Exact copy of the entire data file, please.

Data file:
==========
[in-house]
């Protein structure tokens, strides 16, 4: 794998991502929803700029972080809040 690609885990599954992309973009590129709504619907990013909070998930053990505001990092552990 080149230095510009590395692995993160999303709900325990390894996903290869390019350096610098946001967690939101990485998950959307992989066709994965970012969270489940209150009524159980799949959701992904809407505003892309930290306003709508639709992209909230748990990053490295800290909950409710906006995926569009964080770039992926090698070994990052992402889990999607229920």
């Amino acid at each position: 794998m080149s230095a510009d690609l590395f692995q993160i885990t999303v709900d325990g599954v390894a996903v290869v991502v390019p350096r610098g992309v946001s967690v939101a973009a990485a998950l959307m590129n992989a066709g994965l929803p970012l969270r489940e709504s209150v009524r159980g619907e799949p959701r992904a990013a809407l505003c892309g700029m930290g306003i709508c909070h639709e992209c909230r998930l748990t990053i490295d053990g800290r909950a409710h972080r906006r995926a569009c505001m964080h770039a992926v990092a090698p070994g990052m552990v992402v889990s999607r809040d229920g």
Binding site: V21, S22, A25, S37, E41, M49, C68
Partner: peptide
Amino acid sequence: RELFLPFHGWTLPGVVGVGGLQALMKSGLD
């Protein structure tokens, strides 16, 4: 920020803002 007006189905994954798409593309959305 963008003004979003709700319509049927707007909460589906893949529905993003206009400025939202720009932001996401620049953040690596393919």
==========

[in-house]
């Protein structure tokens, strides 16, 4: 794998991502929803700029972080809040 690609885990599954992309973009590129709504619907990013909070998930053990505001990092552990 080149230095510009590395692995993160999303709900325990390894996903290869390019350096610098946001967690939101990485998950959307992989066709994965970012969270489940209150009524159980799949959701992904809407505003892309930290306003709508639709992209909230748990990053490295800290909950409710906006995926569009964080770039992926090698070994990052992402889990999607229920």
């Amino acid at each position: 794998m080149s230095a510009d690609l590395f692995q993160i885990t999303v709900d325990g599954v390894a996903v290869v991502v390019p350096r610098g992309v946001s967690v939101a973009a990485a998950l959307m590129n992989a066709g994965l929803p970012l969270r489940e709504s209150v009524r159980g619907e799949p959701r992904a990013a809407l505003c892309g700029m930290g306003i709508c909070h639709e992209c909230r998930l748990t990053i490295d053990g800290r909950a409710h972080r906006r995926a569009c505001m964080h770039a992926v990092a090698p070994g990052m552990v992402v889990s999607r809040d229920g």
Binding site: V21, S22, A25, S37, E41, M49, C68
Partner: peptide
Amino acid sequence: RELFLPFHGWTLPGVVGVGGLQALMKSGLD
């Protein structure tokens, strides 16, 4: 920020803002 007006189905994954798409593309959305 963008003004979003709700319509049927707007909460589906893949529905993003206009400025939202720009932001996401620049953040690596393919």